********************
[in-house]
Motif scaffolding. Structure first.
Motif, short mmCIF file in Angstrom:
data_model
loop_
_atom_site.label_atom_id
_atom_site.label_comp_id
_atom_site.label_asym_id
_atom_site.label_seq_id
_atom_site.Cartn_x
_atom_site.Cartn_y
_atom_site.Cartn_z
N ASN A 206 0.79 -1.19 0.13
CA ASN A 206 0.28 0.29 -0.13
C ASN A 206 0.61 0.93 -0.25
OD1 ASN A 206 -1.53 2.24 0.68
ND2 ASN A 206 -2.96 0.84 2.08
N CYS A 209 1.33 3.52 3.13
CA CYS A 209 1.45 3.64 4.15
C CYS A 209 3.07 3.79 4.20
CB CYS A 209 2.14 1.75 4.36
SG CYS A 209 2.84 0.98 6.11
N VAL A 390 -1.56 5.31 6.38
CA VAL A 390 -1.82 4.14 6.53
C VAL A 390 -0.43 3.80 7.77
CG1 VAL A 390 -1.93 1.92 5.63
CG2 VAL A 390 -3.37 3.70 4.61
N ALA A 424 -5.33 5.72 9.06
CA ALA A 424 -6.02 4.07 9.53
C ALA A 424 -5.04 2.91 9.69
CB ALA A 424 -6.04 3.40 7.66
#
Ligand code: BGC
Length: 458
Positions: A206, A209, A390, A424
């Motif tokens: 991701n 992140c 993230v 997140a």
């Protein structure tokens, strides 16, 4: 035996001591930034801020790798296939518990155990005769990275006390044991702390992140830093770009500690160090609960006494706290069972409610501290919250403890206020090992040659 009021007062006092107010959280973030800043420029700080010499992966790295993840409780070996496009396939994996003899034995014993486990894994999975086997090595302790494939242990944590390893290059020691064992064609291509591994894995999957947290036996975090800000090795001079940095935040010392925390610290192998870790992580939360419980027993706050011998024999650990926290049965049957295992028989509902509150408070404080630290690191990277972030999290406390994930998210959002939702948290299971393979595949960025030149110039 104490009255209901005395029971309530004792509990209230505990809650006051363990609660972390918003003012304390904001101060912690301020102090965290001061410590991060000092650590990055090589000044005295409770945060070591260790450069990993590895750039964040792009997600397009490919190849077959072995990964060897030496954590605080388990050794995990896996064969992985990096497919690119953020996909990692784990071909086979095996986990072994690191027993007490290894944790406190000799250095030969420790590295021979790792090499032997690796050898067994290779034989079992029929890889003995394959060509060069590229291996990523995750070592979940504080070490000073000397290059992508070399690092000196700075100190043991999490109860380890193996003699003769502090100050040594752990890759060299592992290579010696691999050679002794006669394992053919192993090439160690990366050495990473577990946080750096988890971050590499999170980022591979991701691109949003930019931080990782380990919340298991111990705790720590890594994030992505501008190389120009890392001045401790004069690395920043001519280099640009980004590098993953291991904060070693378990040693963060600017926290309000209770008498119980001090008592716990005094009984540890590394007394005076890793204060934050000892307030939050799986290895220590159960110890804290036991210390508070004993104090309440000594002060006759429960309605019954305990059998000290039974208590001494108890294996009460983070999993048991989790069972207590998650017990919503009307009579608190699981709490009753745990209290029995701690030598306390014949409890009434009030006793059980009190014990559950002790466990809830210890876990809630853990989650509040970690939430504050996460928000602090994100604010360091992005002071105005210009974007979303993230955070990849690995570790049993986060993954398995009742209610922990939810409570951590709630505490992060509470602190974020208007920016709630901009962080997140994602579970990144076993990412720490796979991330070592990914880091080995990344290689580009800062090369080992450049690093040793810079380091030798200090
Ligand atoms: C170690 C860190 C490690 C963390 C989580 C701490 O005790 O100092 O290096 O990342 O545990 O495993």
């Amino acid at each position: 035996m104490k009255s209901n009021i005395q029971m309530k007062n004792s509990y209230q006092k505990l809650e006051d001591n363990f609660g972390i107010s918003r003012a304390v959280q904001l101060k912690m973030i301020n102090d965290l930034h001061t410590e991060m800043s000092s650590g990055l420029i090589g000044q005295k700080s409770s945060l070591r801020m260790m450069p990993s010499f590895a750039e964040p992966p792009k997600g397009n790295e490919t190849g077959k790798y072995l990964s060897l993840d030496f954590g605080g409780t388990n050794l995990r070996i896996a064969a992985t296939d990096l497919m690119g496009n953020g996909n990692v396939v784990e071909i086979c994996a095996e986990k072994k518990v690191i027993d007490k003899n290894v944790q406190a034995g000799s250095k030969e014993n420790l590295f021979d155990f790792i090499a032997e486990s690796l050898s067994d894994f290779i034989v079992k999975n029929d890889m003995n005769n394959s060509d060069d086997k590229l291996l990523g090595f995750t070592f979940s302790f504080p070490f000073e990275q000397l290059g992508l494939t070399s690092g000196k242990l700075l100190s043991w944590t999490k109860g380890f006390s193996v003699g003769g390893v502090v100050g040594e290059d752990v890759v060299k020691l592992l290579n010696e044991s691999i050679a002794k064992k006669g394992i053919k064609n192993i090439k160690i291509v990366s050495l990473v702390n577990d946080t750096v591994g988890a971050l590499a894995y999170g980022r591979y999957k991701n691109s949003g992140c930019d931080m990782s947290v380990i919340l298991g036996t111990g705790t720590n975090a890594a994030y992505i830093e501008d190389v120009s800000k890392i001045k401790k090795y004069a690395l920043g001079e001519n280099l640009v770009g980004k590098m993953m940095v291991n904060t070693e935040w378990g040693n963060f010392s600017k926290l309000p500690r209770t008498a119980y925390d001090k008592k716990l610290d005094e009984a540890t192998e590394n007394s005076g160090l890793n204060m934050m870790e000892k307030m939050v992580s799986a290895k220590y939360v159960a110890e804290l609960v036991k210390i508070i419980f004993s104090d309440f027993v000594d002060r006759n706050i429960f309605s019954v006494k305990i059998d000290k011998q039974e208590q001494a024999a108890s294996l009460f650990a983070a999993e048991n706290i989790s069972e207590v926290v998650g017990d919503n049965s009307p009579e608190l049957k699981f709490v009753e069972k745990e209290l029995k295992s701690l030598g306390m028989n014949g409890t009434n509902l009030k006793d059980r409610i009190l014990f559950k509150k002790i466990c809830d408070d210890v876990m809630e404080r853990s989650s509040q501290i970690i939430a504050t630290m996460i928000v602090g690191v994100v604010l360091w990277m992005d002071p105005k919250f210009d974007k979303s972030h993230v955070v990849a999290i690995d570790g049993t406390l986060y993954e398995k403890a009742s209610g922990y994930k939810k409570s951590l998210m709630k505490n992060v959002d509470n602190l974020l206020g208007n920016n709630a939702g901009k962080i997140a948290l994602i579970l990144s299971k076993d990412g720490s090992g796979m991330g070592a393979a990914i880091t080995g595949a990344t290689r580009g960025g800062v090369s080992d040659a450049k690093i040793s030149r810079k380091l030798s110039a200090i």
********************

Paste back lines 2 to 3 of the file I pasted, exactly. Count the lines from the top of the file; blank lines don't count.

Motif scaffolding. Structure first.
Motif, short mmCIF file in Angstrom: